One Hundred Years of Solitude. Gabriel Garcia Marquez.
One Hundred Years of Solitude

One Hundred Years of Solitude

"Many years later, as he faced the firing squad, Colonel Aureliano Buendía was to remember that distant afternoon when his father took him to discover ice..."

FIRST AMERICAN EDITION AND FIRST EDITION IN ENGLISH, SIGNED AND INSCRIBED BY GARCIA MARQUEZ ON THE TITLE PAGE. First printing in the first issue dust jacket (with exclamation point on front flap).

"One Hundred Years of Solitude initially was published in Spanish (Buenos Aires, 1967). Its author, a fortyish Columbian by the name of Gabriel Garcia Marquez, was at the time an experienced journalist and a little-known if respected fiction writer, living with his wife and two young sons in Mexico City. Since then, everything about that novel and its maker has grown into the stuff of legend. Critical acclaim shortly after publication of the book was widespread and sometimes ecstatic or awed... Translations followed, and the pattern was frequently replicated abroad. The book won major French and Italian prizes. It was the first Latin American literary work ever to appear on U.S. best-seller lists. Critical reception was often lavish. ('Dazzling,' read the simple, concluding sentence in John Leonard's review for the March 3, 1970, edition of the New York Times)...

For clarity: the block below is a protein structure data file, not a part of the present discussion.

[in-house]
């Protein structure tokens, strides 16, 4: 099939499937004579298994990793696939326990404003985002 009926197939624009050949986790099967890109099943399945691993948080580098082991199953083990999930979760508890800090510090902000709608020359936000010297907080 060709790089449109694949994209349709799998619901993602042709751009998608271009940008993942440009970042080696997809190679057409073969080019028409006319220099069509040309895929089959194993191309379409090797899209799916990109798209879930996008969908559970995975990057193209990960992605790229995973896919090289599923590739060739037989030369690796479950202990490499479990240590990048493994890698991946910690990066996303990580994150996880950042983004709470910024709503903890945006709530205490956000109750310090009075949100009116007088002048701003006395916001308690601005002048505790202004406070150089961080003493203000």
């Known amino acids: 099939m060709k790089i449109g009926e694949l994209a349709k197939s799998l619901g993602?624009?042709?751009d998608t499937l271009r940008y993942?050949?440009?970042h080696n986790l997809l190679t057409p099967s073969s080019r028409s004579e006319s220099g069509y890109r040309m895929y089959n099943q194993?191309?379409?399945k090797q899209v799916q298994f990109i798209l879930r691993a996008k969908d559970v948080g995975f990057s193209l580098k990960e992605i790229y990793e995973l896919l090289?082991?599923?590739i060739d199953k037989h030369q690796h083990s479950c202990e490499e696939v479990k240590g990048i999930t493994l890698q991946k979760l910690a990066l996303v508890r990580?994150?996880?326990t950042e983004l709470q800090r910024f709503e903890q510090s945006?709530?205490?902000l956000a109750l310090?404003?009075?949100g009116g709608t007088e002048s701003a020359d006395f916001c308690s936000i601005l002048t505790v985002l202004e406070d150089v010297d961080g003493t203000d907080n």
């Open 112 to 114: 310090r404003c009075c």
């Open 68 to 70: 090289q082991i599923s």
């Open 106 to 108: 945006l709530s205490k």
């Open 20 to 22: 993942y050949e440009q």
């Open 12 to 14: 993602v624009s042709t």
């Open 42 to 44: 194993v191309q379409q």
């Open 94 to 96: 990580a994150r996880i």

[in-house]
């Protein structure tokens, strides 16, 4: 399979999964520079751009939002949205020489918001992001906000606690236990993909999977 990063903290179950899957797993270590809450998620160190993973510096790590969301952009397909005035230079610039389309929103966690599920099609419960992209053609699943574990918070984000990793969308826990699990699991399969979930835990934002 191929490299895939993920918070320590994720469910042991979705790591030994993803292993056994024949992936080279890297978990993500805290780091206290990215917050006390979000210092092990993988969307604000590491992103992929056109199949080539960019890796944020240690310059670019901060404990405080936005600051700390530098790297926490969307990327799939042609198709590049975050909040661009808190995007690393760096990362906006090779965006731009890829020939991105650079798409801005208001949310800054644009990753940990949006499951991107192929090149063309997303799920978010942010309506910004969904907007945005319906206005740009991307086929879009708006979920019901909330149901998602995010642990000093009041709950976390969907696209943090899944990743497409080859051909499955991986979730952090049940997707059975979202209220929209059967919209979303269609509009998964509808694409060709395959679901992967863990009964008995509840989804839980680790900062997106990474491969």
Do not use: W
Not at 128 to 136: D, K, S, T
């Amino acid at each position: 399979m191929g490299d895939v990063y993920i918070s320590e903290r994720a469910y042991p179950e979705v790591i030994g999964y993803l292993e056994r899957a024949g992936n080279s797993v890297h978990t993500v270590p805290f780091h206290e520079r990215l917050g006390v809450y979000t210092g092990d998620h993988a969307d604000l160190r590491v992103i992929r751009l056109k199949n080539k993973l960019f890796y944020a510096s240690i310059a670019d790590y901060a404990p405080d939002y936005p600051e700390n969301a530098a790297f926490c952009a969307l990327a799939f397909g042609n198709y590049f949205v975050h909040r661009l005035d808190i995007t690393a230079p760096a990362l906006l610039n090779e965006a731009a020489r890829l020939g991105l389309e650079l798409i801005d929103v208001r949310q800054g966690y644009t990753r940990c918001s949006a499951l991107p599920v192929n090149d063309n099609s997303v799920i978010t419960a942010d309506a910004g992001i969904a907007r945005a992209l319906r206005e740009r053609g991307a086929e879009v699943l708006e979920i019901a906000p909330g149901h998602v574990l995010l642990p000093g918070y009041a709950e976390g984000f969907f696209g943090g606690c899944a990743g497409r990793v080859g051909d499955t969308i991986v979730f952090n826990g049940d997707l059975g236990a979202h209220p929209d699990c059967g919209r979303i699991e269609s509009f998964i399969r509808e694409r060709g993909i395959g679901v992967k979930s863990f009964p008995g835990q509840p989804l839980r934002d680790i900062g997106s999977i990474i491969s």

"To an unusual degree, the volume combines a complex and sophisticated artistry with an easy, reader-friendly accessibility. Blending Euro-American Modernist methods--gleaned from Kafka, Faullkner, and Woolf (among others)--with Columbian folk elements, select colloquialisms, and good old-fashioned storytelling, the book reinvents prose narrative, its rich panoply of techniques and contents making available a whole new set of assumptions as to what can be done with the novel in our time" (Gene H. Bell-Villada, Gabriel Garcia Marquez's One Hundred Years of Solitude: a Casebook).

The Nobel Prize in Literature 1982 was awarded to Gabriel García Márquez "for his novels and short stories, in which the fantastic and the realistic are combined in a richly composed world of imagination, reflecting a continent's life and conflicts".

New York: Harper and Row, 1970. Octavo, original cloth, original dust jacket. Translated from the Spanish by Gregory Rabassa. A fine copy in a fine jacket. Warmly inscribed on the title page. One of the most important novels of the second half of the twentieth century. A SUPERB COPY, SCARCE SIGNED.

Check Availability:
P: 212.326.8907

See all items by